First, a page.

Lamia, 1909, by Herbert Draper (1864-1920)

Lamia is a mythological person: the daughter of Poseidon and Lybie. Lamia was a queen of Libya, whom Zeus loved. Hera turned her into a monster (or she killed Lamia's children and the grief turned her into a monster) and murdered their children. Lamia was cursed with the inability to close her eyes so that she would always obsess over the image of her dead children. Zeus gave her the gift to be able to take her eyes out to rest, and then put them back in. Lamia was envious of other mothers and ate their children. She had the body of a serpent and breasts and head of a woman. She was usually female, but occasionally male or hermaphroditic.

Lempriere (Lempriere's Dictionary) is of the opinion that Lamia is the model for Lamiae -- small African monsters whose hisses were pleasing but who destroyed children -- and that these are what are today called lemures.

In historical times mothers used to threaten their ill-born children with this story. John Keats wrote about the Lamia in Lamia and Other Poems, which was based on Anatomy of Melancholy. Also: blood-drinking female vampire-spirits were called Lamiae. A variety of Lamia are used in the role-playing game Dungeons and Dragons (artwork ( from Wizards of the Coast website). "The Lamia" is also a piece of music from the Genesis concept album, The Lamb Lies Down on Broadway. The black metal band Lord Belial has a song called "Lamia," from their album Enter the Moonlight Gate.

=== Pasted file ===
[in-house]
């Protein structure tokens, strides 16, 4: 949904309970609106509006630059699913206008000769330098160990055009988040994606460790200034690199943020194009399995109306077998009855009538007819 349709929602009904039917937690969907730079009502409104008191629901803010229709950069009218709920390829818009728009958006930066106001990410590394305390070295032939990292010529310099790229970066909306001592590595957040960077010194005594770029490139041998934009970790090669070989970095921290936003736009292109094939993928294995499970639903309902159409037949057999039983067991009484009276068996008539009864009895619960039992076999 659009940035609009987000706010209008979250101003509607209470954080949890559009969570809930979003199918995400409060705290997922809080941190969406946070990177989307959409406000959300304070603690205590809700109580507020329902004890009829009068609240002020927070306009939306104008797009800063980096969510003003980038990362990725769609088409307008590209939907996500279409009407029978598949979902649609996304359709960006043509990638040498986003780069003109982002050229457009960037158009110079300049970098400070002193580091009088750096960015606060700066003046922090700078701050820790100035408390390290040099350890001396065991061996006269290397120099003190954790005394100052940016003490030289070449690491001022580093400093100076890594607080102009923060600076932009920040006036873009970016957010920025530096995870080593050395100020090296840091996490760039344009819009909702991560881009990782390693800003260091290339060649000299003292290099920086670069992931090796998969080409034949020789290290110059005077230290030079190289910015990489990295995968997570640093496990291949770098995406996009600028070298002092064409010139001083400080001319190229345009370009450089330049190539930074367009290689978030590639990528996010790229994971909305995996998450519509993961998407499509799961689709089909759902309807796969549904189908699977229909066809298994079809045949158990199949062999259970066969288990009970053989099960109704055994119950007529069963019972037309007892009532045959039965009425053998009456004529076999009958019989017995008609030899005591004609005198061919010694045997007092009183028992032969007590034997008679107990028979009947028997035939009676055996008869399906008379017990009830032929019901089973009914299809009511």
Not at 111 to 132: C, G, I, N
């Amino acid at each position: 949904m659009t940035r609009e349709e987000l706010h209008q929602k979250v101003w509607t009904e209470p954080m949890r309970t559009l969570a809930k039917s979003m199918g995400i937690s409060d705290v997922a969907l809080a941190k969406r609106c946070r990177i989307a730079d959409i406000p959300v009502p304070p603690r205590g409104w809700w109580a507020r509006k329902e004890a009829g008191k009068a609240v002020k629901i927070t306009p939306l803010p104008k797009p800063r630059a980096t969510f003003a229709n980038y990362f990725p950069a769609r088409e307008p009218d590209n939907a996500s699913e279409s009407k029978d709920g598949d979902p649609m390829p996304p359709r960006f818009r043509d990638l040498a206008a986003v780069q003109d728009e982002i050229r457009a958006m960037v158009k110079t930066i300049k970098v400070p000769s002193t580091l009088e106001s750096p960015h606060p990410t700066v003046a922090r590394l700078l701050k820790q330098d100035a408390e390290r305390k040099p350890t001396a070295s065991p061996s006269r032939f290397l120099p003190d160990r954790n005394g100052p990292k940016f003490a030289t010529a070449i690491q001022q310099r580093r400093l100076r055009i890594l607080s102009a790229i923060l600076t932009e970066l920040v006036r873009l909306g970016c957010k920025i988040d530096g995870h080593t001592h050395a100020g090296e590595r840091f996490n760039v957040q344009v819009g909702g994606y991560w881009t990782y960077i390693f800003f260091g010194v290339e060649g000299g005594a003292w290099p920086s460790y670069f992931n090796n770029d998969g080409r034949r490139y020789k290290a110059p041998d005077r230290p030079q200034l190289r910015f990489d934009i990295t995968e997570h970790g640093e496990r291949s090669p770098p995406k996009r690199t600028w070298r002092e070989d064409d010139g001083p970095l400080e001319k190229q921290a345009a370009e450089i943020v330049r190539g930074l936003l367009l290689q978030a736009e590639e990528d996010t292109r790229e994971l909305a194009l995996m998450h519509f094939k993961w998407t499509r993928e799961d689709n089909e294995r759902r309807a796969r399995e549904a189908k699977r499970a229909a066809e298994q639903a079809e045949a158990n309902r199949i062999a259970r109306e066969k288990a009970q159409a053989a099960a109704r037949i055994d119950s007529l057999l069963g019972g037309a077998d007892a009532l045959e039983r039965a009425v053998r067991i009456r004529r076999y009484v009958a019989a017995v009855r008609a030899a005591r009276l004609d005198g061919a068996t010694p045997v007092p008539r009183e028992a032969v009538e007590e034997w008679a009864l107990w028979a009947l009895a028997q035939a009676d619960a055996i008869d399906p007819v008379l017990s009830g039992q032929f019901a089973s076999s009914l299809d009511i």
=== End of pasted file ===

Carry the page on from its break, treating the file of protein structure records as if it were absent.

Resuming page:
Lamia, 1909, by John William Waterhouse

Lamia, George Frampton


Drachme , Lamia Head, Philoctetes on Lemnos, Text Lamiaion (Thessaly)


Lamia in Bulgarian short stories and folk tales, is a mysterious creature with several heads, which can grow over and over again if cut, feeding on people's blood or (more often) killing young women. This monster often tortures villages and is to be found in caves or underground. In some tales, it has wings, in others, its breath is on fire. A Lamia has no gender but is usually perceived as a female.


A Lamia in Basque legend is a water sprite that lives in caves. In Basque Country, there are many places named after these creatures. Sometimes they take the form of beautiful women and attract men. The only way to tell they are not women is to look at their feet which are the feet of a duck. In some other legends they are half human and half fish. Most of time, they are seen combing their hair with golden combs. The only way to anger them is to steal one of their combs. The rest of the time they are kind. Other Basque legends say they are just the goddess Mari.

Lamia (John Keats)

Lamia, The Serpent Woman, Anna Lea Merritt.

Mythology Images

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